All of these answers have at one time or another been proposed and implemented as techniques to increase survival, except for attempting to engage the attacker in conversation. Interestingly, the technique is suggested as a prevention strategy in some sexual assault scenarios, but active attacker events are very different. Victims describe witnessing the active attacker perpetrators in a "zone" or "thousand-yard stare" as they commit their killings. No studies have indicated that negotiation is a useful strategy at this point and any time spent in conversation could be used in running, hiding, or fighting.
A level II rated bulletproof Kevlar panel in a backpack or accessory can stop a 9mm handgun round. All of the following materials can also be expected to stop similar threats EXCEPT:
All of these materials can reasonably be expected to stop a 9mm bullet fired from a handgun, except for a wall composed of drywall. It takes up to 6 or more layers of sheetrock (depending on the type of ammunition used) to stop a 9mm round. Ballistic panels are fairly inexpensive to put in a backpack, briefcase, or even a chair cushion. A level IIIA panel will stop up to a .44 magnum handgun and virtually every shotgun blast and it weighs the same as a can of soda. If you don't have a panel however, you can stuff your shirt or pile on top of you items such as reams of paper, thick books like encyclopedias, or a few metal serving trays.
How much do you know about active attackers?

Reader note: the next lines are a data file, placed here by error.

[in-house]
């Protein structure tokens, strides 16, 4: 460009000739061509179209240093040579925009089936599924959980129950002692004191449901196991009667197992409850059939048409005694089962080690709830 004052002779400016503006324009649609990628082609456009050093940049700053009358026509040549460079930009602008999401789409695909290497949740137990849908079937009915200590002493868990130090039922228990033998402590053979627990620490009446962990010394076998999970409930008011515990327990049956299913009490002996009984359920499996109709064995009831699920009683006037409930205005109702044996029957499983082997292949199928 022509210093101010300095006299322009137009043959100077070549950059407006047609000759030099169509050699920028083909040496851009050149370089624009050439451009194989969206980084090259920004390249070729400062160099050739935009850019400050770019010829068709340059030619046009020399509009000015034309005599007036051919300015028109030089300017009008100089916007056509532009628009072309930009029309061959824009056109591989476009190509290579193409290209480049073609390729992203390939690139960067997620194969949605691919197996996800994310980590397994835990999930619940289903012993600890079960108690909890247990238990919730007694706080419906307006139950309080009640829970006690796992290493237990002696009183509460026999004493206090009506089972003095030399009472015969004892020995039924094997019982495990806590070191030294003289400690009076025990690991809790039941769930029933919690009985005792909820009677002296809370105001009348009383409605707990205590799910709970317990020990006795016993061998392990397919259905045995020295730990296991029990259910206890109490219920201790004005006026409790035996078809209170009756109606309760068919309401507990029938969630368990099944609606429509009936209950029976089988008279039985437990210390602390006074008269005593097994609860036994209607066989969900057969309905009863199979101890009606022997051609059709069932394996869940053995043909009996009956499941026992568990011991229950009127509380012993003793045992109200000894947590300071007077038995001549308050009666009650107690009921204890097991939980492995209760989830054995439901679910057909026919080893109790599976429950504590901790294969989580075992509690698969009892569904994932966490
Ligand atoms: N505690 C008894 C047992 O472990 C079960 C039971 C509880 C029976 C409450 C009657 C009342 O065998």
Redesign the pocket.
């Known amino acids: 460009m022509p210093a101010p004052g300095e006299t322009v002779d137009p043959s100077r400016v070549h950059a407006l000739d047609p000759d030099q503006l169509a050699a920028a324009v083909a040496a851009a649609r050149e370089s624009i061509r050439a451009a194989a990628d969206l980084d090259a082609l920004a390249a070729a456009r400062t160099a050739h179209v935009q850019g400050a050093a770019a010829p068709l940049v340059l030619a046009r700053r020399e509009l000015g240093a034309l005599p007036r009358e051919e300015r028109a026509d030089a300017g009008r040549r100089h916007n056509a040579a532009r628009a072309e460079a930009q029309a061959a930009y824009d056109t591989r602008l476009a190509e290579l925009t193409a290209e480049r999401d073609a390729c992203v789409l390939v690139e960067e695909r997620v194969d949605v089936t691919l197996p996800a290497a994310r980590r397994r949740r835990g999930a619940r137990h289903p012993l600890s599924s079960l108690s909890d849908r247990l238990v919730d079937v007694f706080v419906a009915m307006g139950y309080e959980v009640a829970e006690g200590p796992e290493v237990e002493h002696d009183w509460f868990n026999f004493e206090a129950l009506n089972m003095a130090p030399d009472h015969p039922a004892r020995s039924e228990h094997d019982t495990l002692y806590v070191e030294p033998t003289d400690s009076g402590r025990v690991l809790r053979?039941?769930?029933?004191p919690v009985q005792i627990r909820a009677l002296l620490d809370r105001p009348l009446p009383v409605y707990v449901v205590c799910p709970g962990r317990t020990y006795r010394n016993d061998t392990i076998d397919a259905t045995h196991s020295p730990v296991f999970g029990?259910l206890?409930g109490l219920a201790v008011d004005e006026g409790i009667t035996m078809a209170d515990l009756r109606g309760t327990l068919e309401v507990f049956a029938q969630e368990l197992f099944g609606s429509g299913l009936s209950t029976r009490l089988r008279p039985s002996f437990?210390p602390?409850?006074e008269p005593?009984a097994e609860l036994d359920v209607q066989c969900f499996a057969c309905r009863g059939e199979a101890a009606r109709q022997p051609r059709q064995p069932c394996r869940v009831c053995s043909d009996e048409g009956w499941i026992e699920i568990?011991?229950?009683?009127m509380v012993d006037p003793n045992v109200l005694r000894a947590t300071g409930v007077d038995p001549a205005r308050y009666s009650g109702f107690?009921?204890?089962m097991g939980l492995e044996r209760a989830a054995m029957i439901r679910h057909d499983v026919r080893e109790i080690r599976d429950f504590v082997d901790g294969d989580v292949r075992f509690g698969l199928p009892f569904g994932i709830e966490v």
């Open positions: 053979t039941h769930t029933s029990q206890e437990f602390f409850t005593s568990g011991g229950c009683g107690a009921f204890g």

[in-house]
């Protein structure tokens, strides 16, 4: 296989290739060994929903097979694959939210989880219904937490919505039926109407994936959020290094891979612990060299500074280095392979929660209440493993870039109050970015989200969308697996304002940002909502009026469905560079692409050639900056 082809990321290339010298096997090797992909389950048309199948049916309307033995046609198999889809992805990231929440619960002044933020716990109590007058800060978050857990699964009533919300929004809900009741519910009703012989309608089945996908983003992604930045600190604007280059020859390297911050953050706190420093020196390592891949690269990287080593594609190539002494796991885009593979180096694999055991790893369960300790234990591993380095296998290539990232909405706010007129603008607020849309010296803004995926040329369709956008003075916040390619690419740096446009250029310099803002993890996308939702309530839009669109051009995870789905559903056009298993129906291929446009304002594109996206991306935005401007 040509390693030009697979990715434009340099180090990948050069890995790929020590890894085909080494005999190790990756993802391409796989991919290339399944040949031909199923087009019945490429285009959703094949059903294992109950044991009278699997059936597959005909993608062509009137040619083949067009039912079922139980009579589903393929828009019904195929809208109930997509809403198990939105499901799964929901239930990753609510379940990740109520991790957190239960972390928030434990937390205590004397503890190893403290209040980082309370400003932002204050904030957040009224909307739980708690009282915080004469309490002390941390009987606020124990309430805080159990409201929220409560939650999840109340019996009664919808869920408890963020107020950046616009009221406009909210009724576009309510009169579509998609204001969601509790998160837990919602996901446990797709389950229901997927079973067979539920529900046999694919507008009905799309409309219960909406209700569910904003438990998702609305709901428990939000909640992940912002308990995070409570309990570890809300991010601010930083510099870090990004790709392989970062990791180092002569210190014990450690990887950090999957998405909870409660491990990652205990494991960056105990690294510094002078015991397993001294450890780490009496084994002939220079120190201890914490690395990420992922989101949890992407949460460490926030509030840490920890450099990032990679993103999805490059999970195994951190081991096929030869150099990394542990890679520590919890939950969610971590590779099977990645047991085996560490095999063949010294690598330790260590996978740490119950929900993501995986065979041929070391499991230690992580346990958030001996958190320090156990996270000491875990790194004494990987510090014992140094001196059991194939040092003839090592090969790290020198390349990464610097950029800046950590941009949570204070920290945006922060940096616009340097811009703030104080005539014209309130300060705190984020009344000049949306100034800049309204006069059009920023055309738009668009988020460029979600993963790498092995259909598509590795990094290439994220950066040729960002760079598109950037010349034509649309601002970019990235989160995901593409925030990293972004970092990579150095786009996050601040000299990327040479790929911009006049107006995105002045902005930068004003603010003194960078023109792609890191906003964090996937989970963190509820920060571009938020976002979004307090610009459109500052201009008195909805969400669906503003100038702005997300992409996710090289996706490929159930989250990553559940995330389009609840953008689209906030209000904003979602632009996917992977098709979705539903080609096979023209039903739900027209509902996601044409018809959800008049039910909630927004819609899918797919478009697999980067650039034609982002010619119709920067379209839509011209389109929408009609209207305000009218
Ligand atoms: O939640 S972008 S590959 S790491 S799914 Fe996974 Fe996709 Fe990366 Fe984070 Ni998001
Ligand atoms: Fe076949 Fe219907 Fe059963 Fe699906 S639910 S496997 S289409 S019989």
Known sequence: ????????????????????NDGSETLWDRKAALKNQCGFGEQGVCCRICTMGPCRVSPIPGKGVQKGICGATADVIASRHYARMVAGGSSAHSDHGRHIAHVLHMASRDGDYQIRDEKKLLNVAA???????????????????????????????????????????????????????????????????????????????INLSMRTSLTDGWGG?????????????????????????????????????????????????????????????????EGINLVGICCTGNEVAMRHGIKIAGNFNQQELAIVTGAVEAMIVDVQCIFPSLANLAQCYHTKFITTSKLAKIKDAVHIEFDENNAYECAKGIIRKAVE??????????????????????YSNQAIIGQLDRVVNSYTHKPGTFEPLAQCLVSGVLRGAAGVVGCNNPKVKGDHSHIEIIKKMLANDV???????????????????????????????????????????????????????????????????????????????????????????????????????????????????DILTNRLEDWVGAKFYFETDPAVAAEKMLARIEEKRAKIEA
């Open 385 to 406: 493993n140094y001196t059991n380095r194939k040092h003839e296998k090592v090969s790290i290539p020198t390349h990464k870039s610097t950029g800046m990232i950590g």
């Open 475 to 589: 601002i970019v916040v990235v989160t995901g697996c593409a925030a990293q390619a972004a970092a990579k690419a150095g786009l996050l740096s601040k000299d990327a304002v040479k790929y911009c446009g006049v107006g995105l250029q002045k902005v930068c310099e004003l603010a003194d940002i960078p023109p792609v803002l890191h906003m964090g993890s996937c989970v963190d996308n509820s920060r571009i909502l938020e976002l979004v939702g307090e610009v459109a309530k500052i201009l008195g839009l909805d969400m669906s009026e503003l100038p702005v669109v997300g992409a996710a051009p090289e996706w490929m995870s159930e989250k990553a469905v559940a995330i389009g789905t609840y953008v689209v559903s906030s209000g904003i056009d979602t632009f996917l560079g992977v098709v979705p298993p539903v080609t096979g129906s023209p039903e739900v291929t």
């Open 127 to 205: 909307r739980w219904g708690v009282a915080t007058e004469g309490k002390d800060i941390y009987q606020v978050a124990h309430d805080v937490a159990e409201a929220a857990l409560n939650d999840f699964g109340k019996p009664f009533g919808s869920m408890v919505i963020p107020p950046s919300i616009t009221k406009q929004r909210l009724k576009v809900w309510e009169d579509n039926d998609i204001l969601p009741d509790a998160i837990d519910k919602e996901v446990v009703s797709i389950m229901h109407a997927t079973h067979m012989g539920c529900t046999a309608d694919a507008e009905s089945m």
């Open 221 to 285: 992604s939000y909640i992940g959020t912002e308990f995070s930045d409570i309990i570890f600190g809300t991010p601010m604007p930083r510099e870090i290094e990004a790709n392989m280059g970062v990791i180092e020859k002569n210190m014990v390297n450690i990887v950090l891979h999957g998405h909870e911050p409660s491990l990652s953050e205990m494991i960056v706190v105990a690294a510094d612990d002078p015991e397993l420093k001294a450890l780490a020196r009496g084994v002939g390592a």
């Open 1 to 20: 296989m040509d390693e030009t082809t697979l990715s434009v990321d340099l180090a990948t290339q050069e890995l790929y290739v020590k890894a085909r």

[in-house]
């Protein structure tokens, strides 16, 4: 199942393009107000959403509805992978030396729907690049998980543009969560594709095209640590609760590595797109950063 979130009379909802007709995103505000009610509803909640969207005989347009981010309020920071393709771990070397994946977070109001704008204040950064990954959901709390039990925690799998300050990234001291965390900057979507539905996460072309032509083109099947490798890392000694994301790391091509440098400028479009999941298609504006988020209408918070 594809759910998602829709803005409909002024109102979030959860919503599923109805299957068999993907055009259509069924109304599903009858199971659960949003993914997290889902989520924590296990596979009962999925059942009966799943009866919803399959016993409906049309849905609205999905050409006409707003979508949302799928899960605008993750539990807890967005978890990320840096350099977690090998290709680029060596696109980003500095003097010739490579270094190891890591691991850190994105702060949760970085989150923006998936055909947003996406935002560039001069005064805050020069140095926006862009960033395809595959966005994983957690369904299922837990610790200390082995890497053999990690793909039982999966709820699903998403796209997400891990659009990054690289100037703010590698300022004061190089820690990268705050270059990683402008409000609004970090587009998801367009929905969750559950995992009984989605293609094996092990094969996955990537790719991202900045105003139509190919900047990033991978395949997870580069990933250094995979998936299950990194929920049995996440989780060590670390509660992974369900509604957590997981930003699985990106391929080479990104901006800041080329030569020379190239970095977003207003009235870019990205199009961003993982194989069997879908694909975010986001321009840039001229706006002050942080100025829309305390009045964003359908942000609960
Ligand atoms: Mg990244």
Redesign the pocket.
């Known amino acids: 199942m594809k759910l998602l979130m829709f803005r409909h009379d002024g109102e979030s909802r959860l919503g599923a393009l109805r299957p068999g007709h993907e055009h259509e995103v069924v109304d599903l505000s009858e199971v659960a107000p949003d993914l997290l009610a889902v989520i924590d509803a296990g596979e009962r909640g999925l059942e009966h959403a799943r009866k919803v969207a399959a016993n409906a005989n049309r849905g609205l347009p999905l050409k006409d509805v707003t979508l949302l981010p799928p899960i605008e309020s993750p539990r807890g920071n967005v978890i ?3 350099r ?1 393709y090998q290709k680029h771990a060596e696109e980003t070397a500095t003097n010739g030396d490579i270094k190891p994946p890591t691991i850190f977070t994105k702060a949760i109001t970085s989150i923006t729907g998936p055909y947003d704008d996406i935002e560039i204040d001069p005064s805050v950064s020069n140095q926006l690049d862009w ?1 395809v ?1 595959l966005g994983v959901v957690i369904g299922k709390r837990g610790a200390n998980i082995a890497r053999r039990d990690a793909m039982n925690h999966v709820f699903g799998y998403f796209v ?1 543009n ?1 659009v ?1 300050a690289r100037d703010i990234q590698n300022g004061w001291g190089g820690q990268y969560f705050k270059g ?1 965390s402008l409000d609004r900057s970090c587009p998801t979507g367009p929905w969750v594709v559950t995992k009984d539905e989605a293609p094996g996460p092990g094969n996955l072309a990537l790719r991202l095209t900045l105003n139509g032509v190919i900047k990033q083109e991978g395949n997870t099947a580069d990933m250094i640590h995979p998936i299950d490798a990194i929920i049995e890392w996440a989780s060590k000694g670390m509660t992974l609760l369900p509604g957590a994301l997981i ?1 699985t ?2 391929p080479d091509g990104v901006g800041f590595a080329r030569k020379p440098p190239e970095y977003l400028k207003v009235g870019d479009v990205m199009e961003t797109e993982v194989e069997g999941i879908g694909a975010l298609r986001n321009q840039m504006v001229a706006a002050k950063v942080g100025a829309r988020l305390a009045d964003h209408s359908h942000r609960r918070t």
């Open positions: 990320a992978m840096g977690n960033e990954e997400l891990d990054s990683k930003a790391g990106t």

You answered no answers correctly. This probably means you've given little to no thought to active attacker risks in your life. You probably spend a lot of time in public looking down at your phone and not at your surroundings. Or... maybe you just like taking quizzes, but are really bad at them.
You should be commended for getting a few questions correct! You've probably thought about 'what-if' scenarios a few times and maybe even researched the subject of active attackers soon after an event. Keep learning!
You're a Protector
Congrats! You answered enough questions correctly that you're either just well-informed on current violence studies or you've really made personal security for you and your loved ones a priority. When a crisis begins, others will look to you for solutions. So keep training!
Stand back, I've got this! You scored 100% and answered questions correctly that even many security experts don't know unless they teach active attacker training. Tell your friends and family they should listen to you when you lecture them about public violence because you know what you're talking about!
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“Being that we work in an area that has the potential to be volatile, learning to be aware of your surroundings by being able to identify body language, talking about strategies PRIOR to an incident occurring and learning hands-on self-defensive tactics has not only made me feel empowered, but has prompted me to engage in conversations with colleagues, friends and family on various plans in those ‘what if’ situations.”